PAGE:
Being new to Liz Worth’s work, I’m not sure how much of the prose is her style and how much is Ang’s language. At some point in a story you come to learn there’s a divorce between the two, but there are times when you either can’t find it, or you aren’t sure they’re separate. PostApoc is one where I couldn’t quite distinguish the difference. I know the author has a background in poetry and it’s something else I have considered when it comes to understand the use of language and phrases.
While I can’t help considering the author’s writing background and the utilisation of language, I would prefer to consider the story and prose as a tool for the character to express herself. Basically, she’s messed up so her descriptions are going to confuse me. They confused me all right. They confused me for a good while. I found myself wondering if she was really facing the end of the world or if she was hallucinating. As the story progressed and things got weirder, the oddest thing happened; I had no idea what was going on with the world around her, but I began to understand Ang and the rest of the characters.
PostApoc isn’t like other standard post-apocalyptic tales. The majority of stories will show the time before the end and explain the whys. PostApoc on the other hand is a really small-world story, the perspective is Ang’s and she has no idea what is going on. Everything is falling apart and the story does not begin before the end. There’s rumours about other places, there’s snippets into the downfall of other cities, but the main focus is on Ang and her friends struggling for survival.
It’s actually a depressing story. Everything unravels and mutates so fast and disturbingly, it’s a wonder my brain could still grasp the concept of the story. By the end, I found my footing in the prose and, surprisingly to me, came to love it. I find myself wanting to read PostApoc again, but more than that, I want to know what came of Ang and the end of her world.(less)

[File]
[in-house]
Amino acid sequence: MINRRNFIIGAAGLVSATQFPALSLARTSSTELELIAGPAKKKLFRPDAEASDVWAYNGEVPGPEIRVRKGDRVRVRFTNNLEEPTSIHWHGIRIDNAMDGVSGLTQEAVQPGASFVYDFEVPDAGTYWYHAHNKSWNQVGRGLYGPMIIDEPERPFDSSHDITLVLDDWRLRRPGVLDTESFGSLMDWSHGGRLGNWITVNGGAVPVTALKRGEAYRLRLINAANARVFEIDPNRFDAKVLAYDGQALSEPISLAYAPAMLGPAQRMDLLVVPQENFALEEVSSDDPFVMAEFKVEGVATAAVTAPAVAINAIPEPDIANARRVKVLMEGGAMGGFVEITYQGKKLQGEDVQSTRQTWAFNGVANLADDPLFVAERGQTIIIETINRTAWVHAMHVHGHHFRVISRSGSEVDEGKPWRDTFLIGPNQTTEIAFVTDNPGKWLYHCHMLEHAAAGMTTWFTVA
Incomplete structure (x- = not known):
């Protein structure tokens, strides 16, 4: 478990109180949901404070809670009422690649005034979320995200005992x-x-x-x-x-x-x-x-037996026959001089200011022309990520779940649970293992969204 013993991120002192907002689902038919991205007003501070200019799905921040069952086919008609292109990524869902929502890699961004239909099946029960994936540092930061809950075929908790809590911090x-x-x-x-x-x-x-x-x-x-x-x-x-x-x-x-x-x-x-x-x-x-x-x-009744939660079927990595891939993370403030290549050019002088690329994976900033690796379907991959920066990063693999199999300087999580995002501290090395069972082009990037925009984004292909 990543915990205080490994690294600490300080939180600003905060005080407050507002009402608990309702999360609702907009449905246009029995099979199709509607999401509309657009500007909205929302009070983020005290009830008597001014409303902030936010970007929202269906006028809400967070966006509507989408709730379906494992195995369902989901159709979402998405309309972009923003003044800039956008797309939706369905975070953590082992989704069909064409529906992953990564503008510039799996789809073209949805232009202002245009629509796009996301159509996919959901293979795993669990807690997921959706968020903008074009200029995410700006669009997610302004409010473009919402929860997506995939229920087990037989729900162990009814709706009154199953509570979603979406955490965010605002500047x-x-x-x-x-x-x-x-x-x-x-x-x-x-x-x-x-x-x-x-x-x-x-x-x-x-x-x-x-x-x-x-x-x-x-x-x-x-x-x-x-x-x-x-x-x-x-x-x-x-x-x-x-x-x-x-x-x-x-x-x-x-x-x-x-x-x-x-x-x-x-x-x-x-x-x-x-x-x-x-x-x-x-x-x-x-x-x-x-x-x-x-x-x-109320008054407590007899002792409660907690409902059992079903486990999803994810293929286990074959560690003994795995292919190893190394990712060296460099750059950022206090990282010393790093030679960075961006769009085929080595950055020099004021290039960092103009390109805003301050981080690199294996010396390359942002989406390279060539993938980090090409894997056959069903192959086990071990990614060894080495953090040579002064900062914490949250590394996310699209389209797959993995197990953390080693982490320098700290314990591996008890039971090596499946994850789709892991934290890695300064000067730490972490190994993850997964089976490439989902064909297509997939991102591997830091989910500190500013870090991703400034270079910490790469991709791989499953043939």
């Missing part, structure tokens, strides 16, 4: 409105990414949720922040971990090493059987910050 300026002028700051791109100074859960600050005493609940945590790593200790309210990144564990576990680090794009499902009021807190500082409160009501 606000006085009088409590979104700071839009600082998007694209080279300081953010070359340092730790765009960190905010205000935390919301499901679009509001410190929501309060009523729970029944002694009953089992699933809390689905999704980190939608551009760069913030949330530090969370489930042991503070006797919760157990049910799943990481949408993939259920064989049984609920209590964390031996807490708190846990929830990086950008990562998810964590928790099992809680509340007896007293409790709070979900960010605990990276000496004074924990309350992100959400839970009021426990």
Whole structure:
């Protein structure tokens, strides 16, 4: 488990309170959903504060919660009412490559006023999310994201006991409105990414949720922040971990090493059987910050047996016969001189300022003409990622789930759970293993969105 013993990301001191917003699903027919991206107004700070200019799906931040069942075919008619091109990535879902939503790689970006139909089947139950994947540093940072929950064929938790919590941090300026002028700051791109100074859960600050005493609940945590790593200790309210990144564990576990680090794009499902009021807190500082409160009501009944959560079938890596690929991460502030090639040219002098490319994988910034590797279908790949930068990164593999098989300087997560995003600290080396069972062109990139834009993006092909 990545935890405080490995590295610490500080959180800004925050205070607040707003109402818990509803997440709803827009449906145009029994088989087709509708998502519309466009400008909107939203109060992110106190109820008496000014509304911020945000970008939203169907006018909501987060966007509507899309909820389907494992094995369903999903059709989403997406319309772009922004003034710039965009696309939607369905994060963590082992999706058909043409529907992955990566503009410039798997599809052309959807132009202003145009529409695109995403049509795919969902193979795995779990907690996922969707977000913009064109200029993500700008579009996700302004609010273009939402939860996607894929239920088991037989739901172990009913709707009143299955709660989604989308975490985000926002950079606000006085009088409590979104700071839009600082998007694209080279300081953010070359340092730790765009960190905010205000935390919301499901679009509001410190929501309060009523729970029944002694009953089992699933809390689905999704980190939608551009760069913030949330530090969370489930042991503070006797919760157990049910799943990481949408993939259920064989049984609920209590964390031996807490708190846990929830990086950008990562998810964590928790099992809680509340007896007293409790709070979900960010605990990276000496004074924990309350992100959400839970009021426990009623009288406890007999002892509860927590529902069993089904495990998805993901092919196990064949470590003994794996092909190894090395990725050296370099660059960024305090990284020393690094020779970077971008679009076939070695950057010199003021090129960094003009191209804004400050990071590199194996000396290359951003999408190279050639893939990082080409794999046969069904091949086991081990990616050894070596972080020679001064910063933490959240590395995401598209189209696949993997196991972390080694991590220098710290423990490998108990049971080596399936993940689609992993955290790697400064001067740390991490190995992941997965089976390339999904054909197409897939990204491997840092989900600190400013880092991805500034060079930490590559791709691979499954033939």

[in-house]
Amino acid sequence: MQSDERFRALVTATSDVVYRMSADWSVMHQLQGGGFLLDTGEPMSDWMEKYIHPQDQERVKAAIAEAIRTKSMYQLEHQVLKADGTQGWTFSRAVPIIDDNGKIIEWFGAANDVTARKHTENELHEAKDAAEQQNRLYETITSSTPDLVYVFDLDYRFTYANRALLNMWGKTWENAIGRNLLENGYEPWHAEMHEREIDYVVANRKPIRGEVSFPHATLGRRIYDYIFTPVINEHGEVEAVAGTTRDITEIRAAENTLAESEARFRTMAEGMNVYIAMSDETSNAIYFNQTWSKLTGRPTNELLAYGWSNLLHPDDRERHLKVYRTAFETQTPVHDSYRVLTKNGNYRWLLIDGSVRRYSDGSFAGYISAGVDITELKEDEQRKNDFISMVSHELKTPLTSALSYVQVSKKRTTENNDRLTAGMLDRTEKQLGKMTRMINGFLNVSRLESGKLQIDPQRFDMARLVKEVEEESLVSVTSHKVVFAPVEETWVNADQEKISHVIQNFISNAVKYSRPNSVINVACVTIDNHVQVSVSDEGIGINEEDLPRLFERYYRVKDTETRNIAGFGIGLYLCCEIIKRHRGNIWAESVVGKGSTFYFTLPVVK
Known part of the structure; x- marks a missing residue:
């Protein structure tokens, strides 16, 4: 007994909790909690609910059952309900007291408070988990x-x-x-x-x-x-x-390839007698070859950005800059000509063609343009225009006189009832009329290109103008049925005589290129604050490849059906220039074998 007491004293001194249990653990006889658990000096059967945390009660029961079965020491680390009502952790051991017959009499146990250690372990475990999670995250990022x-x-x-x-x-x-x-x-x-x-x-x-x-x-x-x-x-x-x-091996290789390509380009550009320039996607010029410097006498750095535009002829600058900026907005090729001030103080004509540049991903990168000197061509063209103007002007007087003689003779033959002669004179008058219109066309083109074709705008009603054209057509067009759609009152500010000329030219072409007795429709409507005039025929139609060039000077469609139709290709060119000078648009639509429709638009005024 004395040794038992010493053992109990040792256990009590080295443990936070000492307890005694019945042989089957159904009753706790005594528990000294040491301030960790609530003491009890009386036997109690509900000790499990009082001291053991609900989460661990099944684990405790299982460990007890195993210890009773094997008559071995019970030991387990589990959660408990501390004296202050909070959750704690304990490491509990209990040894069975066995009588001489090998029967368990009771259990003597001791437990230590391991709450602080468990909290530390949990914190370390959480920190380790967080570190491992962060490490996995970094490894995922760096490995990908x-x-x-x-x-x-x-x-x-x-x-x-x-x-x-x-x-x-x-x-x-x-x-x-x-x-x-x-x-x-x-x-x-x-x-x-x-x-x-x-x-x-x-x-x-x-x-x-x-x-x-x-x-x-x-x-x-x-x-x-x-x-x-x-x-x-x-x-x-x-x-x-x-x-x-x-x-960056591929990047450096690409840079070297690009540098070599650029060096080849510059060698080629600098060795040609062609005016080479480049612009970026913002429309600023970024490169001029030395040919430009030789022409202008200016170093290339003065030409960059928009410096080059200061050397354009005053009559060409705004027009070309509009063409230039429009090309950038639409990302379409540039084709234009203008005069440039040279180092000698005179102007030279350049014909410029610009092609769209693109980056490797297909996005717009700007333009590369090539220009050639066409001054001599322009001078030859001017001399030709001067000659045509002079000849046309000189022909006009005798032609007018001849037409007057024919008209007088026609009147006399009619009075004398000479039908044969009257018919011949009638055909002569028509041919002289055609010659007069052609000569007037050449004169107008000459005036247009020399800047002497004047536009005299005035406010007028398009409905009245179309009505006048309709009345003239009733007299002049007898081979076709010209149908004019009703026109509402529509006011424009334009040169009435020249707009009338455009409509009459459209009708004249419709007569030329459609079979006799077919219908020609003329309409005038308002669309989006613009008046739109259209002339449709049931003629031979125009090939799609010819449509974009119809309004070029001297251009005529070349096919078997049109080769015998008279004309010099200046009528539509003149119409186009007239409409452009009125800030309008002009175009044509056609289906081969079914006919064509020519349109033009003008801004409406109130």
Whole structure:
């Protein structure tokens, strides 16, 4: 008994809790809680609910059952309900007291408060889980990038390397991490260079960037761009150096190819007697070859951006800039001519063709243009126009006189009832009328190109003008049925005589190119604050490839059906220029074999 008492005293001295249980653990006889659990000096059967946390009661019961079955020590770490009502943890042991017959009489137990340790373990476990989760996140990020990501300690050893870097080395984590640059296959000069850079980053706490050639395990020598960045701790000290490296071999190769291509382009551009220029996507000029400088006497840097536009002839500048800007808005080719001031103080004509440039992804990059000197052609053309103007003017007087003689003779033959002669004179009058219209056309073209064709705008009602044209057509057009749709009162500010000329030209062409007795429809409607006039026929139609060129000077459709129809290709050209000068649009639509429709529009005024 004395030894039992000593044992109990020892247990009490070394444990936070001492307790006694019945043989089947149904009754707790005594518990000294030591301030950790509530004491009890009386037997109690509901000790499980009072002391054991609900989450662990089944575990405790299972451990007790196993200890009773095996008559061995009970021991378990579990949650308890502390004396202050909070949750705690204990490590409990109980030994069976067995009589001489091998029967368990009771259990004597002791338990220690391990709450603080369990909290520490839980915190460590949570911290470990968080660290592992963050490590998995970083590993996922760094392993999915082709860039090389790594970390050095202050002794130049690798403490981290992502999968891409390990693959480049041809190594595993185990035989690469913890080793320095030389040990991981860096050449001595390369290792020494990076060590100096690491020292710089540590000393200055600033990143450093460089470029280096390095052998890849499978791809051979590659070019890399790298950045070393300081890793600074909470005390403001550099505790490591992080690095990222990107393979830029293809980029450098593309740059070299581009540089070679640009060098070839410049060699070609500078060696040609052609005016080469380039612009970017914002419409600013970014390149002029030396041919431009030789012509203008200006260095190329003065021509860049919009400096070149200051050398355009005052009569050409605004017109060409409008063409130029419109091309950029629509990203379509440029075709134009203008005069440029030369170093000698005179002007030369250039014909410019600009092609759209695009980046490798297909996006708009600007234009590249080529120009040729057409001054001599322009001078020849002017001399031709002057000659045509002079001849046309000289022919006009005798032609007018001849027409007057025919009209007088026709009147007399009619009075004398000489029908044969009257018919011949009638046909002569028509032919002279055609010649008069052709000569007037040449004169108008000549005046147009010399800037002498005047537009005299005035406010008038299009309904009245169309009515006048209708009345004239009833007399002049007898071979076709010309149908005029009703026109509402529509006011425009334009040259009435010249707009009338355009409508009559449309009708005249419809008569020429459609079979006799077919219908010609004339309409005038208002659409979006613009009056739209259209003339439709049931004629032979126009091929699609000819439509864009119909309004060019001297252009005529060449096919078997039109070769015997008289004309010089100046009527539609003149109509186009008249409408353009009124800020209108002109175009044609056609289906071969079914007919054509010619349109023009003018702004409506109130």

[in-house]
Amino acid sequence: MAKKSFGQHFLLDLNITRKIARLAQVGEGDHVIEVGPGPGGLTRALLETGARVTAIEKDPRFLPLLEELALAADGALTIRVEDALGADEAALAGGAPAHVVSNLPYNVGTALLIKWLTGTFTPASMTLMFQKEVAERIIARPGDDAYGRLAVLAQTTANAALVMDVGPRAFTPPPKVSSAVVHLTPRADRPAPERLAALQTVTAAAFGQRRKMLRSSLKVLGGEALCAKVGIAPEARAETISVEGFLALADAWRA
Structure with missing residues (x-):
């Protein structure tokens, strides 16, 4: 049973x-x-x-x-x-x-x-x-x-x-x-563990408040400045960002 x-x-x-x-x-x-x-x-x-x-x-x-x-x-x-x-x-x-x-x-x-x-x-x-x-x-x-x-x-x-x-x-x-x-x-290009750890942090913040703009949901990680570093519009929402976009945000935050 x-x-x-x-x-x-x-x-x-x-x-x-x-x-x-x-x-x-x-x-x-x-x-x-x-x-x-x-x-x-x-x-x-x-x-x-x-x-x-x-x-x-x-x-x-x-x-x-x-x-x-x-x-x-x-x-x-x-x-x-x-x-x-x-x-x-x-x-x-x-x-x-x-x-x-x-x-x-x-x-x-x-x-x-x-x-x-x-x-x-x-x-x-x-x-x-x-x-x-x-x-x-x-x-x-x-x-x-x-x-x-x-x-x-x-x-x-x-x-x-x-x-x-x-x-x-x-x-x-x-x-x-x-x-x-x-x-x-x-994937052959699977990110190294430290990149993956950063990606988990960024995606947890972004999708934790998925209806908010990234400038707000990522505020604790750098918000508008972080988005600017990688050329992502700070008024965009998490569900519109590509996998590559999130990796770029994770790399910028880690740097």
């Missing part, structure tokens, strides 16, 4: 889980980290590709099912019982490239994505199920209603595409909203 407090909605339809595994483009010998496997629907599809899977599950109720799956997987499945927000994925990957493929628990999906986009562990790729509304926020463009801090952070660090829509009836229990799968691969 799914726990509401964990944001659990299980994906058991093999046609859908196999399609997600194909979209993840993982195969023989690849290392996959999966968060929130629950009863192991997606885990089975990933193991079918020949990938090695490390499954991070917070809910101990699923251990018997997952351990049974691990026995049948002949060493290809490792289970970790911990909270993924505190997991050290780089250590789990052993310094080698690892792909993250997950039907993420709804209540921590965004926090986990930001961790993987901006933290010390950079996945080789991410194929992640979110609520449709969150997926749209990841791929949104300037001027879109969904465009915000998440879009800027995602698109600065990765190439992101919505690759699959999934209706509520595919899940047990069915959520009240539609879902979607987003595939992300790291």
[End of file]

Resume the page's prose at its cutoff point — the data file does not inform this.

While The Cause was reminiscent to me of other dystopias, there’s definitely a unique f...moreYou can find this review, along with others, at Bookish Ardour.
While The Cause was reminiscent to me of other dystopias, there’s definitely a unique factor to it. One of the unique factors, a crucial part to the set up of the city, actually made me uncomfortable. This is one of the main pieces from the story I’ve taken away with me. It’s enough to make you cringe when reading it. And not thanks to graphic description, but the insidious nature you know the particular scene is referring to. It makes you question how far humanity, and yourself, would go for what these people are trying to achieve.
The ability to raise questions is only one element of what I feel makes a great story, a story everyone should try reading at least once. It doesn’t matter if you’re blown away by the plot or not, there are those narratives, which will make you think and make you question during and after you’ve finished. They make the reading all the more enjoyable because of that and I think they’re very important stories. The Cause, for me, was one of those stories.
The similarities between The Cause and other dystopias, something that is hard to avoid when you read enough of the genre, is basically setting. If you’ve read a fair amount of dystopia before, how many of them have been set in a city? Plenty have city settings and most of those city based ones have a totalitarian aspect as well.
There are clear signs of control beneath the deluded sense of utopia, but I didn’t get a totalitarian government presence as much as a master of puppets keeping out of the limelight. I wonder if that was more due to the fact of the cause itself, and the main character’s memory recall, being such a large focus of the tale. Whether it was or not, I found it refreshing in a sense. I find manufactured societies are usually heavy on the government, or founding circle, side of things and the conspiracy they create. Granted there is conspiracy in The Cause, and it wouldn’t be dystopia without some degree of it, but I think there’s a nice balance between character discovery and heavy-handed machinations.